The partition walls 15 are formed by a multiplicity of inter-connected lamellae expanded into a network of cells as shown schematically in FIG. 2. The expansion of the lamellae into a network of cells is analogous to the way in which paper Christmas directions can be opened up from a compressed state.
Both the panels 7 and 11 and the partition walls 15 are made of aluminium, the metal panels being approximately one millimetre thick and the partition walls being a little less than 0.1 millimetre in thickness.
As can be seen in
When constructing the enclosure 5, the partition walls 15 are adhesively bonded to the panels by means of an epoxy resin adhesive.
The peripheral wall 13 is also made of metal, namely, aluminium. It is in the form of a strip of metal of length corresponding to the periphery of the panels, bent to shape and bonded into place.
The panels 7 and 11 are rectangular panels and the overall depth of the enclosure is approximately 25 millimetres so that the system is a so-called “flat panel” system. The diameter of the cells (side to opposite side measurement) is approximately 25 millimetres.
If desired, sound absorbent material (not shown) can be provided within some or all of the cells of the layer of cells 17.
The apertures 19 are in the form of slots at the edges of the partition walls as shown in FIG. 2. The apertures can be provided in some or all sides of the cells so as to communicate in some or all directions with adjacent cells. As seen in
The overall dimensions of the enclosure 5 are 650×300×25 millimetres approximately and thus each metal panel has an overall area of approximately 1,950 square centimetres.
The construction shown has the advantage that the distance from the speaker diaphragm to the rear of the enclosure is relatively short so that standing waves in that direction within the cells are not a problem (as they can be in known speakers of which the interior is divided into cells).
Instead of making the partition walls 13 separately from the panels 7 and 11, it is possible to form them integrally with one of the panels by die-casting and then to secure the remaining panel by adhesive bonding. In that case, the partition walls are integrally bonded to one panel and adhesively bonded to the other. The partition walls are not necessarily arranged normal to the panels but may be at an angle to them. For example, a single three-dimensional sheet of material having peaks and pits in the manner of a conventional egg tray can be used to create sloping partition walls. The pits which in an conventional egg tray would hold the eggs form the cells and the spaces between the peaks form the apertures between cells. Apertures could be provided connecting one side of the single sheet to the other.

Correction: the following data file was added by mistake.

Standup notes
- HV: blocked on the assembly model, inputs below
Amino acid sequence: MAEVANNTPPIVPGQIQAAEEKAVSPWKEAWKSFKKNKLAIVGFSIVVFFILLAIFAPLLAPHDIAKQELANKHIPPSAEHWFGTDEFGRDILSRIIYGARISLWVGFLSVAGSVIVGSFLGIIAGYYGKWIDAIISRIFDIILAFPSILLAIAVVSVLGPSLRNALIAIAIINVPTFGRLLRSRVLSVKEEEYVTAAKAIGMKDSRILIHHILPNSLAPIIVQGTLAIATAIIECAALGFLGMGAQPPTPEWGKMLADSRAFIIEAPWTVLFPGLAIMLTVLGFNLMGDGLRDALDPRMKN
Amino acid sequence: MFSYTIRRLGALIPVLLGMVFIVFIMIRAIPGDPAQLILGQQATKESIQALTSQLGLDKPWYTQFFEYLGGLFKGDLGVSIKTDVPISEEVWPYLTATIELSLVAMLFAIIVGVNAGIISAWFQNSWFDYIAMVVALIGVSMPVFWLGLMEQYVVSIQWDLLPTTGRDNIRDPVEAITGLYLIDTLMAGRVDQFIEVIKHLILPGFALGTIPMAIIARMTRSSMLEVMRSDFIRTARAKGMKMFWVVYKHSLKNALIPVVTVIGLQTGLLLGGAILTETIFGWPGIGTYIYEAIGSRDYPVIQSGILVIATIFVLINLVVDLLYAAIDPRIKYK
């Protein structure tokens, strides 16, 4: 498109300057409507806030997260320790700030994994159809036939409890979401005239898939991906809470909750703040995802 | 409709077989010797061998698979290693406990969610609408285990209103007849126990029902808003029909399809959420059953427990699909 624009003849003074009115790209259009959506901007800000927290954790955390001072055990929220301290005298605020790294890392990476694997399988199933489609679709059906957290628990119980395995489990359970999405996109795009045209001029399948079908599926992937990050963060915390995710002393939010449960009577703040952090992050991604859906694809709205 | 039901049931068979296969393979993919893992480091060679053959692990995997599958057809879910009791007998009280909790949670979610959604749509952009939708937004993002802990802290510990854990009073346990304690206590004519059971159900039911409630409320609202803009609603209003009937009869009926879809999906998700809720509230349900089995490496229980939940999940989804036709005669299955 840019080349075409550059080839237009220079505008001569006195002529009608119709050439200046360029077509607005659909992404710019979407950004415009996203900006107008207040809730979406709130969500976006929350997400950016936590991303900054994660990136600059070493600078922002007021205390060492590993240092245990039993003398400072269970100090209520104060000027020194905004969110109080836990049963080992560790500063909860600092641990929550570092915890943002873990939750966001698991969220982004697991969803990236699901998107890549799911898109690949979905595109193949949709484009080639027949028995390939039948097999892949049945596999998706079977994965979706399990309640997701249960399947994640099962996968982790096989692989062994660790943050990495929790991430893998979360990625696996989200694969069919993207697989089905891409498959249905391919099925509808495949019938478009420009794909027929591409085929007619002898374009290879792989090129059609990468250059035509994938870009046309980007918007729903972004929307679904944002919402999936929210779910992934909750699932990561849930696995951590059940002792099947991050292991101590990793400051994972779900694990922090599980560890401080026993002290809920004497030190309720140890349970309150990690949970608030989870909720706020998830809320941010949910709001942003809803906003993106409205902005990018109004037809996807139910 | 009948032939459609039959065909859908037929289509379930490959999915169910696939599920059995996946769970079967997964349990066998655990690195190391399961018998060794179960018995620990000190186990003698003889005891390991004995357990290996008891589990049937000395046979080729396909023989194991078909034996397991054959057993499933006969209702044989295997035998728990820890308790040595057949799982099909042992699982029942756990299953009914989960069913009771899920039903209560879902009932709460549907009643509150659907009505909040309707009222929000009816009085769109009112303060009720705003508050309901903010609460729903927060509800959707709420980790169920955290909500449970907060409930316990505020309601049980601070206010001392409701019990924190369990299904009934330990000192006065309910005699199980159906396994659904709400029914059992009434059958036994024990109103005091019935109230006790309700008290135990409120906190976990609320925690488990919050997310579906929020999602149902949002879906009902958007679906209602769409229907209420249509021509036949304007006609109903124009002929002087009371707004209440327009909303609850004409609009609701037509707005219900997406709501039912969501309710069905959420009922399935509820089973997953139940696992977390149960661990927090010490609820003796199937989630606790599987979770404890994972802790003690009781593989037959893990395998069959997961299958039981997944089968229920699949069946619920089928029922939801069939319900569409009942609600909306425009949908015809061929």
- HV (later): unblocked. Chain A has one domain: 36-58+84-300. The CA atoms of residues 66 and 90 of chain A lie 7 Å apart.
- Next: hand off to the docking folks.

If desired, one or more reflex ports or one or more ABRs (auxiliary bass radiators) can be included in one of the panels. The ABRs may be of conventional form or as described in our specification WO 00/32010.
The peripheral wall can, if desired, be formed by the outermost part of the partition walls rather than being a separate component in its own right.
The acoustic effects of the structure depend upon the dimensioning of the cells and apertures.
The use of an acoustic structure in accordance with the invention for providing a filter characteristic in a horn-type speaker provides an effective gain in the length of horn for a given output. It appears that the acoustic structure lowers the effective “m” or flare rate of the horn and hence the low frequency “cut-off” frequency is lowered for a given physical length and given flare rate.
The structures described so far with reference to the drawings have all consisted of a single layer of cells between two outer panels. It is also possible to make an acoustic structure in accordance with the invention in the form of a “multi-layer sandwich”, that is to say, a structure in which a multiplicity of panels are provided with a single layer of apertured cells between each adjacent pair of panels. Internal panels are provided with apertures, sized similarly to the apertures in the cells, to provide sound communication from layer to layer of the sandwich. A “block” of acoustic structure can be made in this way for fitting into an acoustic structure of known form. The loudspeaker units shown in
Many different materials can be used in making an acoustic structure in accordance with the invention.
For example, paper card, Aramid paper with phenolic coating, epoxy woven glass fabric, aluminium alloy, and epoxy woven carbon fabric can be used for making the cells. The papers and fabrics can, for example, be used in thicknesses of 0.05 to 0.5 millimetres and aluminium can, for example, be used in thicknesses of 0.025 to 0.15 millimetres.
For example, tempered hardwood veneer, aluminium alloy, carbon fibre epoxy resin composite panel, glass and steel can be used for making the panels with thicknesses, for example, of 0.5 to 13 millimetres.
An acoustic structure of the invention can be incorporated into virtually any acoustic apparatus of suitable size.
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|US7661508 *||Jan 16, 2008||Feb 16, 2010||Southern California Sound Image||Lightweight speaker enclosure|
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|U.S. Classification||181/199, 181/148, 381/345|
|Cooperative Classification||H04R1/30, H04R1/26, H04R1/2857|
|European Classification||H04R1/30, H04R1/26, H04R1/28N11L|
|May 5, 2003||AS||Assignment|
Owner name: B&W LOUDSPEAKERS LIMITED, GREAT BRITAIN
Free format text: ASSIGNMENT OF ASSIGNORS INTEREST;ASSIGNORS:NEVILL, STUART MICHAEL;WARREN, MORTEN VILLIERS;REEL/FRAME:014035/0698;SIGNING DATES FROM 20030116 TO 20030124
|Oct 23, 2008||FPAY||Fee payment|
Year of fee payment: 4
|Sep 28, 2012||FPAY||Fee payment|
Year of fee payment: 8
|Sep 25, 2014||AS||Assignment|
Owner name: BANK OF AMERICA, N.A., MASSACHUSETTS
Free format text: PATENT COLLATERAL SECURITY AND PLEDGE AGREEMENT;ASSIGNORS:B & W GROUP LTD (FORMERLY KNOWN AS B&W LOUDSPEAKERS LIMITED);B&W GROUP LIMITED (FORMERLY KNOWN AS B&W LOUDSPEAKERS LIMITED);REEL/FRAME:033825/0377
Effective date: 20140925